The works on paper by Yoonmi Nam and Amze Emmons, on view at Grayduck Gallery in separate shows, illustrate the power of simple gestures on paper. Both Nam and Emmons reveal a concern with a sense of place, each capturing the ephemeral moments when nature shifts and changes.
Nam, who is based in Kansas, offers a body of work that requires viewers to take a pause in order to fully understand the work beyond its formal qualities. She situates the viewer in the split second when the future becomes past, growth stands still, and movement becomes static. There’s an inexplicable irony that exists when humanity intervenes on the organic world. And also an irony when the objects that we make outlive any lifespan they were intended for, while nature surrounding them slowly withers away.
Nam’s “Arranged Flowers” series of lithographs hang in the front room of the gallery. The work is quiet and subtle, almost monochromatic with the exception of a few soft touches demarcating the recognizable food industry logos of the improvised vases, or the grayish blue hues of the flowers themselves
In each of the images, flowers have been snipped from their roots, then arranged in cast-off containers. Most of the flowers have been there for more than their lifespan. Some are at the brim of death, just moments before decay sets in. Some have begun to wither, and others are barely thriving.
The ersatz vases are symbolic of the global food industry. And yet the Styrofoam cups from McDonald’s and Guys and Fries, or the squat plastic bottles of Yakult probiotic yogurt, are dwarfed by the blooms, the flowers billowing over the cups and containers. At work is nature’s desire to survive never mind being stuffed into containers made of artificial material that will outlive the one-time use they were intended to have.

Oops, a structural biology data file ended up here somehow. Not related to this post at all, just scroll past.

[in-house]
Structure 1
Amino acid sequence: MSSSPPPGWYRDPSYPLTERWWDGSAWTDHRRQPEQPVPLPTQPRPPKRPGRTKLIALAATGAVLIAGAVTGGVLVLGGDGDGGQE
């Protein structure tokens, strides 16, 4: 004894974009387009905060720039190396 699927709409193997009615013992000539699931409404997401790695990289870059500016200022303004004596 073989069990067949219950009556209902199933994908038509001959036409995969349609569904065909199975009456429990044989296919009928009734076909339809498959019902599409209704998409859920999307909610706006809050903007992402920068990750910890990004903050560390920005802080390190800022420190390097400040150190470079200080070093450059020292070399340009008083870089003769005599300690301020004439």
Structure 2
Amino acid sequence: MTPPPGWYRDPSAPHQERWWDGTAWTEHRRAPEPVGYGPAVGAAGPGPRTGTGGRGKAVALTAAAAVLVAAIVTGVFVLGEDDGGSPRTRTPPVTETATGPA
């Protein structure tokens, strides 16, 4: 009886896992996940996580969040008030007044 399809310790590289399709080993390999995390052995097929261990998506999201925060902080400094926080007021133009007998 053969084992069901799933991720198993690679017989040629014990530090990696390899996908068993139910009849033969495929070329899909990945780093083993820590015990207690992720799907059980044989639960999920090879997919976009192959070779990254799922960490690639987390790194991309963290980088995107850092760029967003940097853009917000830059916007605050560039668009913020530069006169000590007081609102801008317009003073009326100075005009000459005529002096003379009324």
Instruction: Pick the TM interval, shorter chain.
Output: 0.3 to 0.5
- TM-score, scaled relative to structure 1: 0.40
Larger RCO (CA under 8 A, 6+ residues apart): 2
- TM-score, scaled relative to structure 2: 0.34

Similarly, the Philadelphias-based Emmons captures scenes of cities in transition and in that specific moment of time on the verge of change in his mixed media drawings and drawn prints.
In an eery pastel bluish-green that heightens what a quotidian moment it is in the urban landscape, “Reinventing Teamwork” depicts a dumpster flanked with piles of trash bags and detritus.
“Ecology of Possibilities” offers a glimpse of a momentary solution in the precarious balance of urban adaptation. Emmons reveals the practicality and dual usefulness of a public trash can when it becomes a place to anchor a bunch of balloons.
The artist’s quiet playfulness also seeps through in the series of small works titled “Union Flying Squad”, sculptural objects made of ink on plywood or CNC routered sign board. A cinderblock, a brick and trashed plastic water bottles and other objects that might be found on the street are given a new meaning, revalidated in the sleek white gallery.
Emmons spotlights familiar objects and city spaces that have been repurposed or given new agency reminding us of the residual beauty in the rough urban fabric and the transitions of our urban centers.
Taken together, Nam’s “Arranged Flowers” and Emmons’ “Momentarily” are two exhibitions that remind us of the ephemerality of time and transition.